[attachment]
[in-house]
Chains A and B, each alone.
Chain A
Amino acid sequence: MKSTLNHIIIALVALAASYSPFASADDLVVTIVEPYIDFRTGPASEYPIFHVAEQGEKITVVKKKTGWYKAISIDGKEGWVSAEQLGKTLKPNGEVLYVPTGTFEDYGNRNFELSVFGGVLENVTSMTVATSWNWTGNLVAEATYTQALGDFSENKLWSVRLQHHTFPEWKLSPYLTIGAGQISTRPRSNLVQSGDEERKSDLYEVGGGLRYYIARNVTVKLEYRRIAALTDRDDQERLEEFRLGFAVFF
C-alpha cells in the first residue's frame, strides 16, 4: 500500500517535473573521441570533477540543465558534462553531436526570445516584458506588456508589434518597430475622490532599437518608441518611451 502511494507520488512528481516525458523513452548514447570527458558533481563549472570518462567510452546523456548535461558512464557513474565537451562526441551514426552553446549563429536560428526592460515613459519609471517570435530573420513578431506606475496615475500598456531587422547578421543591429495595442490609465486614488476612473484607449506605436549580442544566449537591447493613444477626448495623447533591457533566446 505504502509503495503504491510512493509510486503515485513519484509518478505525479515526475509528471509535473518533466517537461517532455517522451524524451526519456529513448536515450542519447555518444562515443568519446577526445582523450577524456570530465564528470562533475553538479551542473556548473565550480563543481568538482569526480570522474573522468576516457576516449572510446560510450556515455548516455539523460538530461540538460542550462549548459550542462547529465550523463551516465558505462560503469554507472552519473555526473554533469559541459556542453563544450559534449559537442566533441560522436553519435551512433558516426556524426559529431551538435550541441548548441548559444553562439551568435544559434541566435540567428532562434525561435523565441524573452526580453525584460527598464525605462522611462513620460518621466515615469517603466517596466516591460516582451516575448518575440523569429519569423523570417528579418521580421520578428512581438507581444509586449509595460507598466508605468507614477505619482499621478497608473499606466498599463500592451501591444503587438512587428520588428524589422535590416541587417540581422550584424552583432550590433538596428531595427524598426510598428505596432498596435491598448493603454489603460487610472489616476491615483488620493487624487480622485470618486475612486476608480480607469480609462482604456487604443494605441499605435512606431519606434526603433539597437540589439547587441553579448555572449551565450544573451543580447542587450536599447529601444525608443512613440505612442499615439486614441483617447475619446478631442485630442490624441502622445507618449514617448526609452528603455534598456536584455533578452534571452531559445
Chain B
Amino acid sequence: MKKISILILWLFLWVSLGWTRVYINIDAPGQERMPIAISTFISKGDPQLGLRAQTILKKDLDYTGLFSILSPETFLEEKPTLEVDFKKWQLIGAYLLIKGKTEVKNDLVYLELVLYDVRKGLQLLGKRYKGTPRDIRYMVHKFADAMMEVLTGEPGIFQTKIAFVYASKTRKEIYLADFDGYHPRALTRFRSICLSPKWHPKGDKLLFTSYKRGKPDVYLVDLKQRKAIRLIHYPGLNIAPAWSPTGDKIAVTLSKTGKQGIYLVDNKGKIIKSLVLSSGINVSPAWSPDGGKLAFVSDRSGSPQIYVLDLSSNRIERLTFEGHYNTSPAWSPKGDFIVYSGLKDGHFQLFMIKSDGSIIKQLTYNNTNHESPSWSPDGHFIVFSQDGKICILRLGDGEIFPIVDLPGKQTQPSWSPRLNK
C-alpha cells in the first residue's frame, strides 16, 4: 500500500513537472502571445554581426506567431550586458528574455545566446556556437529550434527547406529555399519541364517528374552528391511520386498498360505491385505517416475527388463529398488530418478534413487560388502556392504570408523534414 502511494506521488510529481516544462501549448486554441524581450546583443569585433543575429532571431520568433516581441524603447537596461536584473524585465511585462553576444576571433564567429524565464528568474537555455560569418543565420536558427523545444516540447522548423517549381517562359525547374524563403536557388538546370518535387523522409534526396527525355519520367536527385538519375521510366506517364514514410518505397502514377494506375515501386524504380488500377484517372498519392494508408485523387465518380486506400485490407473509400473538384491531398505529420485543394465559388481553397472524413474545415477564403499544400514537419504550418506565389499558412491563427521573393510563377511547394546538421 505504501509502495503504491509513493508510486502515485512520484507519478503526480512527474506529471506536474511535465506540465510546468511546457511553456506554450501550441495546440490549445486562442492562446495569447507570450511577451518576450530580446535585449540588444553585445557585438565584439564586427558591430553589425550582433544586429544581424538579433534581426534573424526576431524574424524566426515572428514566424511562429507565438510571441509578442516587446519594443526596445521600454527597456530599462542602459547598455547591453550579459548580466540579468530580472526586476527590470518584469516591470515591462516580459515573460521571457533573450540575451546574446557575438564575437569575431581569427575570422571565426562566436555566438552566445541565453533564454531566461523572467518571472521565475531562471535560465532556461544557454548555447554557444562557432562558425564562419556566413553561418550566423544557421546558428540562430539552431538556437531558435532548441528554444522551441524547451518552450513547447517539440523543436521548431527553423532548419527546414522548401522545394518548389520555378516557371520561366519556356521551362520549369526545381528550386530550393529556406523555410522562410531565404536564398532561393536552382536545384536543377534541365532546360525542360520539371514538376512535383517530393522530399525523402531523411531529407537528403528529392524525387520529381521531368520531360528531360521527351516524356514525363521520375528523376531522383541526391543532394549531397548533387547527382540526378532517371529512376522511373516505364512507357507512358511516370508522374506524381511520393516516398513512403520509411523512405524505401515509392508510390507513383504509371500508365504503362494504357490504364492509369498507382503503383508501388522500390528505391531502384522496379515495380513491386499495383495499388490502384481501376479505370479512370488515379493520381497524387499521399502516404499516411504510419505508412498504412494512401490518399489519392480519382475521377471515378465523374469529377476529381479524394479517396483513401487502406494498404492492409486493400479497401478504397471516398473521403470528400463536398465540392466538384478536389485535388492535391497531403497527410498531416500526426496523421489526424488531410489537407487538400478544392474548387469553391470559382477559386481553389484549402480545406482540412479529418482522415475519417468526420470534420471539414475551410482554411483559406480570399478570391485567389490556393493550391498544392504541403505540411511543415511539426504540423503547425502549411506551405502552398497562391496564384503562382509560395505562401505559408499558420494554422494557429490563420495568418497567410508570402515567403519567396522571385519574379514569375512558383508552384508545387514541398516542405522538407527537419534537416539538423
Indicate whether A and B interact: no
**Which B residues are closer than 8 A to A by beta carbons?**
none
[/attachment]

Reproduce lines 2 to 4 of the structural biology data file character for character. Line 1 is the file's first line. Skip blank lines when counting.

Chains A and B, each alone.
Chain A
Amino acid sequence: MKSTLNHIIIALVALAASYSPFASADDLVVTIVEPYIDFRTGPASEYPIFHVAEQGEKITVVKKKTGWYKAISIDGKEGWVSAEQLGKTLKPNGEVLYVPTGTFEDYGNRNFELSVFGGVLENVTSMTVATSWNWTGNLVAEATYTQALGDFSENKLWSVRLQHHTFPEWKLSPYLTIGAGQISTRPRSNLVQSGDEERKSDLYEVGGGLRYYIARNVTVKLEYRRIAALTDRDDQERLEEFRLGFAVFF